When Chile’s President Michelle Bachelet leaves office in March, it will mark the end of a generation of women leaders in Latin America, leaving the region without a female head of state as it shifts to the right politically.
At the start of this decade, women held the top jobs in Argentina, Brazil, Costa Rica and Chile, collectively representing about 40 percent of the population in a region better known for its machismo.
But conservative Sebastian Pinera’s victory in the second round of Chile’s presidential election on Sunday drew that period to a close.
Bachelet was the first of her female counterparts to rise to power in a leftist tide that swept South America during a commodities-fueled economic boom. She served as president from 2006 to 2010 before winning re-election in 2013.
Together with Brazil’s Dilma Rousseff and Argentina’s Cristina Fernandez, Bachelet embodied the major strides made by women across a region that has passed laws deterring rampant violence against women and set quotas for political participation that have given Latin American women a bigger share of parliamentary seats than in Europe.
But now some worry that progress on women’s rights could stall.
“We’re seeing a shift to conservative politics that is questioning the advances of the last 15 to 20 years,” said Eugenia Piza-Lopez, who works on gender in Latin America for the United Nations Development Program.
Conservative groups are targeting gender equality across the region, said Piza-Lopez. Protests over curriculums aimed at empowering girls to rise above traditional female duties have helped topple education ministers in Peru and Colombia.
During campaigning in Chile, Pinera voiced concerns about the country’s declining birth rate as he took aim at changes to abortion laws under Bachelet, who loosened a strict ban to make exemptions for rape, unviable fetuses and the risk of death during labor.
While there is no definitive study showing female leaders do more to advance women’s wellbeing than men, Farida Jalalzai, a political scientist at Oklahoma State University, said her research on Latin America suggested that was the case.
“Dilma (Rousseff), for example, would take a policy that was already in existence and reframe it in ways that made it clear it was a women’s issue, whether it was poverty or home ownership,” Jalalzai said.
Piza-Lopez said Fernandez, who ruled Argentina from 2007 to 2015, helped narrow the gender poverty gap with her generous spending on social programs aimed at women.
Stella Zervoudaki, head of the European Union delegation in Chile, pointed to Bachelet’s creation of a ministry of women, her programs to finance companies led by women and work for marriage equality.
“I’m not sure this would have been as forceful without a woman leader,” Zervoudaki said. She said Bachelet had pressed for a chapter on gender in an update to an EU trade agreement that called for progress on equal pay, fair maternity leave and better access to technology for women.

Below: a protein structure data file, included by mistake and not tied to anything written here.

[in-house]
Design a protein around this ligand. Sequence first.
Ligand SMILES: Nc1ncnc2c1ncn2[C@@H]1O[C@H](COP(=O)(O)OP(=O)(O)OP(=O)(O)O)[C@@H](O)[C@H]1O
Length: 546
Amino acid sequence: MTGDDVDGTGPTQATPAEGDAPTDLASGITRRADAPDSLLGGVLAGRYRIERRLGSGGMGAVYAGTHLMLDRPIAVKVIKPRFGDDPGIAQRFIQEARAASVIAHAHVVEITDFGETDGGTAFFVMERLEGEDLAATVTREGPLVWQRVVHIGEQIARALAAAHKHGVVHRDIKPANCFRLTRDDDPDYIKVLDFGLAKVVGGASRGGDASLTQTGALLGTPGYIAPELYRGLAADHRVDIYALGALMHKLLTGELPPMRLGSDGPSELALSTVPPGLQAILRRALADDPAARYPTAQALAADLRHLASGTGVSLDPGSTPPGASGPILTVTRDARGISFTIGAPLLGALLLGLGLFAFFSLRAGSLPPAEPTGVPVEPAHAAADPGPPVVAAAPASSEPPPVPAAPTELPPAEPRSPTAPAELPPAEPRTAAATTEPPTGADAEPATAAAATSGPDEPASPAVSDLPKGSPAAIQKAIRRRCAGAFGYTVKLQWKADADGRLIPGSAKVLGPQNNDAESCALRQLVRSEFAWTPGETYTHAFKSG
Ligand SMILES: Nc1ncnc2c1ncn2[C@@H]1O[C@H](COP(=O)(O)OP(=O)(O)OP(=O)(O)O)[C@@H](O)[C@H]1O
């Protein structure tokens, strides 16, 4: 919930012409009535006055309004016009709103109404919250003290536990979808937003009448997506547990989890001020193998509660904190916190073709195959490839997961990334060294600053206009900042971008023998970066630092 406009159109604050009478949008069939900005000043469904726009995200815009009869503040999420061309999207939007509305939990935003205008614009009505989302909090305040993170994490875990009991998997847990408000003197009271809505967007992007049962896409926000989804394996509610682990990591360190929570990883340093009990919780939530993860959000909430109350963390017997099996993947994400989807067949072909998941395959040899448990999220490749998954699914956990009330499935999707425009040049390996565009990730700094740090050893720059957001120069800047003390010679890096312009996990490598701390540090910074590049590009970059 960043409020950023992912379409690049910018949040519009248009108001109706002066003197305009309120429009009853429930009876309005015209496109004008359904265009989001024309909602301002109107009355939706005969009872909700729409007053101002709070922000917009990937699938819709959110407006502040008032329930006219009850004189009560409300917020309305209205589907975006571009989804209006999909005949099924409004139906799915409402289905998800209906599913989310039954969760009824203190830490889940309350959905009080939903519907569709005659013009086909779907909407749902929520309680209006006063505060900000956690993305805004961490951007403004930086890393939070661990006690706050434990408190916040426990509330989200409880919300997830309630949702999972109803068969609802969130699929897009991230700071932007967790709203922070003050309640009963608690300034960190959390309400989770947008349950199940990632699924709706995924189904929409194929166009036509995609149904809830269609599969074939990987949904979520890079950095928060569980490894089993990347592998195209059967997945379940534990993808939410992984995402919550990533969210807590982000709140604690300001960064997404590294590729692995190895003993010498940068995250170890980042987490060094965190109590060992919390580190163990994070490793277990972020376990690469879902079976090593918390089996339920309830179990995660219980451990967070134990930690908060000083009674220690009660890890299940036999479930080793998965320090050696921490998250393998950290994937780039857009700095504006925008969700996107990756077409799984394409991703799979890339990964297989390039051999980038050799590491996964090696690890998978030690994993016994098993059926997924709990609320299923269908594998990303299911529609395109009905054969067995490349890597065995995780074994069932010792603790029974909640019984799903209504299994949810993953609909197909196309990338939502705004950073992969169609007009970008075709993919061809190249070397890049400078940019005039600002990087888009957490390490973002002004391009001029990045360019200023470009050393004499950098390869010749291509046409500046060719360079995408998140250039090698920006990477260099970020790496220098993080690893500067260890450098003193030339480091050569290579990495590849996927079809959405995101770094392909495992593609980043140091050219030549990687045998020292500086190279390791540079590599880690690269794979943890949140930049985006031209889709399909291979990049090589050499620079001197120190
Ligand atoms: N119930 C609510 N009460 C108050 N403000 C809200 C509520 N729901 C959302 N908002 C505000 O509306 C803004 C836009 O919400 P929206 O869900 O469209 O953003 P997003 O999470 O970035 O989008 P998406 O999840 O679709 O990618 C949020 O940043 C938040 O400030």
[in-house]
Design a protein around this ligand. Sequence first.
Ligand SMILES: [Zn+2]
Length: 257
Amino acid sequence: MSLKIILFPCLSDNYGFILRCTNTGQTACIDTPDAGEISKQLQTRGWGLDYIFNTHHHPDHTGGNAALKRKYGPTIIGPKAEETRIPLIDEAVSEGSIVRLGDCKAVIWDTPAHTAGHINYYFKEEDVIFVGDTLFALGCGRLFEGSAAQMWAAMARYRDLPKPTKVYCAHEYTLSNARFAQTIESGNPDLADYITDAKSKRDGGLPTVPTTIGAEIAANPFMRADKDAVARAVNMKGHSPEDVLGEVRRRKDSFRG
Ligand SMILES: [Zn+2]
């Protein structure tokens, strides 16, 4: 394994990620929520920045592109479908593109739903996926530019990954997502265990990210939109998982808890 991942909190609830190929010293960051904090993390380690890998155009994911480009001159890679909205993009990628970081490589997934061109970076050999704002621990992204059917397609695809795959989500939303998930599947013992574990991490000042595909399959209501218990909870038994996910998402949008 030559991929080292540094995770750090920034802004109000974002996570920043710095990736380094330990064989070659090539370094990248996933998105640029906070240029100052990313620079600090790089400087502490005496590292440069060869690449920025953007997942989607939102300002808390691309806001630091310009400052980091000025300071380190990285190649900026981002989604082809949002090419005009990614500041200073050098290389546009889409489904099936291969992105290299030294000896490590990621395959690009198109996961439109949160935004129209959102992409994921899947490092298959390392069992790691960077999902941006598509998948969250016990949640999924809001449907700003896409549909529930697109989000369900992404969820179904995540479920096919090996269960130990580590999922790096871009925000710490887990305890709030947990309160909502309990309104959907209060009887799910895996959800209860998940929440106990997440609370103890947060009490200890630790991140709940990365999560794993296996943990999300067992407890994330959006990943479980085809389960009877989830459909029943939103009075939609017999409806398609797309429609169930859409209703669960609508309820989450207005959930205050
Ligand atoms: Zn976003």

In a region where corruption scandals often hurt presidencies, South America’s women leaders were no honorable exception.
Rousseff was removed from office in 2016 on accusations she manipulated budget laws and was later charged with graft. A judge in Argentina has charged Fernandez, now a senator who is also under investigation for graft, with treason for allegedly covering up Iran’s possible role in a 1994 bombing.
Both women deny wrongdoing. Rousseff recently visited Fernandez in her apartment in Buenos Aires to commiserate, and has said sexism played a role in her own impeachment.
Brazil’s conservative President Michel Temer appointed an all-male cabinet after Rousseff’s exit. She was voted out after lawmakers held up signs saying “bye, dear!”
In contrast, Pinera said on Monday he would announce the “women and men” who would form his team, a sign he would create a balanced cabinet, perhaps taking his lead from Bachelet, whose first cabinet was exactly half men and half women.
Bachelet’s own approval ratings were hit hard after her daughter-in-law was accused of using political ties to get access to a bank loan.
Although Latin America is poised to hold six elections next year – in Costa Rica, Paraguay, Colombia, Venezuela, Mexico and Brazil – the chances for another female president are slim.
In Mexico, leftist frontrunner Andres Manuel Lopez Obrador has repeatedly referred to his rival Margarita Zavala as “the wife of Felipe Calderon” – her husband and a former president – angering her supporters, who charge it is sexist. She is polling around 10 percent of votes.
In Brazil, Marina Silva, who has lost the presidency twice, recently joined the race and lies third in most polls.
A number of female candidates are expected to compete in Colombia’s presidential race, though none is expected to win. Maria Eugenia Vidal, the governor of Argentina’s largest province of Buenos Aires, is the country’s most popular politician, according to several polls, but is not expected to run for president in 2019.
Still-rampant sexism and sexual harassment in politics remain deterrents to women who want to rise to the top, said Mercedes Araoz, Peru’s Prime Minister and a former presidential candidate.
“I’ve been a victim (of sexual harassment),” Araoz recently told journalists. “It’s important to realize how discouraging it can be.”